“All these deaths have been mystifying cats and owners everywhere, bewildering everyone. Who is killing these cats? Whoever this maniac is, our fellow cats are mortified by the thought of a feline hater in our midst.” The large, pale grey tom pounded the podium with his paws. “Cats have been disappearing, then turning up dead weeks later. Just last week, we discovered Mr. Fluffybuns lying dead in the gutter. His funeral was this morning, and still we are no closer to avenging him and the other dead cats! This is why I shall take up the case myself, and catch this killer once and for all.”

A cat stood up in the audience. “D-d-detective M-Mittens, another disappearance has been reported. The v-victim was last seen yesterday, outside the C-Cat Cafe on 22nd Street.”

Mittens nodded. “Well, then, I’ll go speak to the cats who live there. Who lives there?”

“M-Mystic and Twilight. The creepy twins,” the cat stammered.

“Then I’ll go talk to them.” Mittens stepped off the center stage and scampered away at once to grab some stuff from his office.

Mittens arrived at the Cat Cafe. Mystic, the white cat splotched with black, and Twilight, the pale twilight-orange cat, sat outside, eyes closed. They appeared as if they were asleep. Mittens prodded Mystic with a paw gently. When she didn’t wake, he sighed exasperatedly, becoming very annoyed.

Mystic winced, shrinking away, and Twilight opened an eye. “Have patience, tom,” she rumbled mysteriously. “The mice may play when the cat’s away, but the cat will return and catch them by their tails before long.”

Mittens was confused. “What? And don’t call me Tom.”

“But you’re a tomcat, hon.” Mystic stood up and stretched.

Mittens rolled his eyes. “I need to ask you about the cat in this cafe yesterday. He’s a jet-black tomcat, and he was with a stone-grey she-kitten.”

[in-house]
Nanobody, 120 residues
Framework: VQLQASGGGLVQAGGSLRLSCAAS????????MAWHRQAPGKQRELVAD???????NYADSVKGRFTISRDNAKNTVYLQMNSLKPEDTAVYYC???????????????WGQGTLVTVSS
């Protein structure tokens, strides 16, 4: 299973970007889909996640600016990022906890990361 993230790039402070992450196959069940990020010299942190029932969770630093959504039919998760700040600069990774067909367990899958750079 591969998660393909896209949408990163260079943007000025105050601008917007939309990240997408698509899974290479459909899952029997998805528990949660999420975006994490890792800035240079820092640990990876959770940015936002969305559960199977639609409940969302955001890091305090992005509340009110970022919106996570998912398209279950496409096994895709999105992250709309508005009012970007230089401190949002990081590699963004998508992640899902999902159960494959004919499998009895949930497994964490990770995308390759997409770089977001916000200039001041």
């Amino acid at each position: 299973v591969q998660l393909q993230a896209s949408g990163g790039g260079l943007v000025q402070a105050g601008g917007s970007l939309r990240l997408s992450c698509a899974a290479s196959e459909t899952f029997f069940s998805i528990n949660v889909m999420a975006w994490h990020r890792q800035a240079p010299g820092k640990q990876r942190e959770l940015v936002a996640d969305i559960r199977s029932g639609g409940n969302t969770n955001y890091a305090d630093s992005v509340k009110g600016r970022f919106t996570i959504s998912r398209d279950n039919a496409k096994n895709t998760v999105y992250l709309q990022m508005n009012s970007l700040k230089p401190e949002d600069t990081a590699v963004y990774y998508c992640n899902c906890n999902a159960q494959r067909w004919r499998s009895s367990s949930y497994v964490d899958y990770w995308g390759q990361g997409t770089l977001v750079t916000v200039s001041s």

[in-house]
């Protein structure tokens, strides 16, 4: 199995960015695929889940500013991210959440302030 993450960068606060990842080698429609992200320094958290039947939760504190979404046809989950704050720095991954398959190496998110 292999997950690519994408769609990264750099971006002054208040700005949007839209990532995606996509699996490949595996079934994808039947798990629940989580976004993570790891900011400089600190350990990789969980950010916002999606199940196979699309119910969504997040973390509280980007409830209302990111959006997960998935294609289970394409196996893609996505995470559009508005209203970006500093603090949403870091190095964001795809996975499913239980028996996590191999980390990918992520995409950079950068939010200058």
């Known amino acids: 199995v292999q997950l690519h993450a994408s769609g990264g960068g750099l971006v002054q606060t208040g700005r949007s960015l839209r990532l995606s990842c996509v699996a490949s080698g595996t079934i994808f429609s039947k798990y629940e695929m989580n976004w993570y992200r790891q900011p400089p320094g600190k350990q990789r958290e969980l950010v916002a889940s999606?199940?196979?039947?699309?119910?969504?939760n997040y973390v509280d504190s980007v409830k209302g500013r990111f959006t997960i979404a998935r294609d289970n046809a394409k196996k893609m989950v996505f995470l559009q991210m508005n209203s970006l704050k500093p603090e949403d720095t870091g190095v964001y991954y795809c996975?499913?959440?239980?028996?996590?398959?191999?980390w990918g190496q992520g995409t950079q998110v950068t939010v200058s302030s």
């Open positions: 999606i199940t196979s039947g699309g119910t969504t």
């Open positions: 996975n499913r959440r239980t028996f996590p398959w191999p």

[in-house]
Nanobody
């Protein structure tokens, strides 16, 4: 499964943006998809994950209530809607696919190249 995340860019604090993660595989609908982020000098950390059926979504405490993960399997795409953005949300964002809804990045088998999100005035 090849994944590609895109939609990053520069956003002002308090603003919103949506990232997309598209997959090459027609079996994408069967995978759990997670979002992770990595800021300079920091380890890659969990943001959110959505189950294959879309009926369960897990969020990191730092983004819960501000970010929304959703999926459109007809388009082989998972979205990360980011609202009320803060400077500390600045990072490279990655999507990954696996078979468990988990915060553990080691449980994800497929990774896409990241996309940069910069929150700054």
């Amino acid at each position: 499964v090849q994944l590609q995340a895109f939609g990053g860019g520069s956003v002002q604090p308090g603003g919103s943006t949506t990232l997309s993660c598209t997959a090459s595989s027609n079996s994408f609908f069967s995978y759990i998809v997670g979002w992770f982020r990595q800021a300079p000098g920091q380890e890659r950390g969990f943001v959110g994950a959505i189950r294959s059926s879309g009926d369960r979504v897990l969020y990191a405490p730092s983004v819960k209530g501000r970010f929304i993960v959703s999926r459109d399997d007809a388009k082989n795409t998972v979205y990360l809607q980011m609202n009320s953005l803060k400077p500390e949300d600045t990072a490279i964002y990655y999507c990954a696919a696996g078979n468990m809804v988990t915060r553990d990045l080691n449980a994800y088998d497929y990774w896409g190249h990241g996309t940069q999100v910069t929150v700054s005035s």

Twilight sighed. “Ohh, him. We remember him. The silent one who never speaks, but to whisper his innermost thoughts to the one he feels is right.”

Mystic let out a small purr. “He had the cutest little daughter. What was her name, Twi?”

“He told us it was Willow. Like, the tree.”

Mystic giggled. “Just the most adorable little thing.”

“What can you tell me about him?” Mittens asked.

“His name was Midnight,” Twilight meowed, “but other than that, nothing much, except that he worked with the Kat Treasury. You know, the one that hoards all the hunting taxes. Keeping our hard-earned mice.” She snorted disbelievingly. “They say it’s for future use, but I don’t buy it. The one who deals in deception and succeeds is the one that robs us of our free will.”

Mystic flicked her sister’s ear with a tail. “Of course you don’t, Twi. You don’t believe anything.” She turned to Mittens. “Anyway, everyone who died was in here at one time or another. We know exactly who they are, and all of them are connected in some way to the Treasury.”

“So you think the killer is going after the Treasury?” Mittens mused.

Twilight shrugged. “Probably. Whoever it is must be looking for the key. Like in that great book I read last week off the human’s table, where the dog tries to find the key to the soul. Normally I’m not a fan of dog books, but this one was amazing.”

Mystic giggled again. “But the killer doesn’t know that we have the-”

Twilight slapped her tail over her sister’s mouth, muffling her next words. “Shush! Silence is golden, or haven’t you heard?”

“I hope you don’t mind relinquishing the key?” Mittens asked, trying to hide his amusement.

Twilight gaped at him. “Give it to you? Are you serious?”

“Well-”

“We’d love to get it off our paws! It’s been sitting in the dusty attic for ages.” Twilight dashed inside and soon returned, clutching a bronze key in her mouth. She gave it to Mittens. “A pen has better use in the paws of one with skill than in the paws of one with only paper.”

“Thank you,” Mittens murmured. “You’ve been a great help.”

When Mittens returned to his office, he immediately looked in on the victims and their backgrounds. He soon discovered that Mystic and Twilight were right; they were all connected to the Treasury in some way or another, whether they worked there or had access. He was sure, then, that the killer would strike that night, for Midnight did indeed have a key, and that the killer would go straight to the underground vault in the forest.

The race was on.

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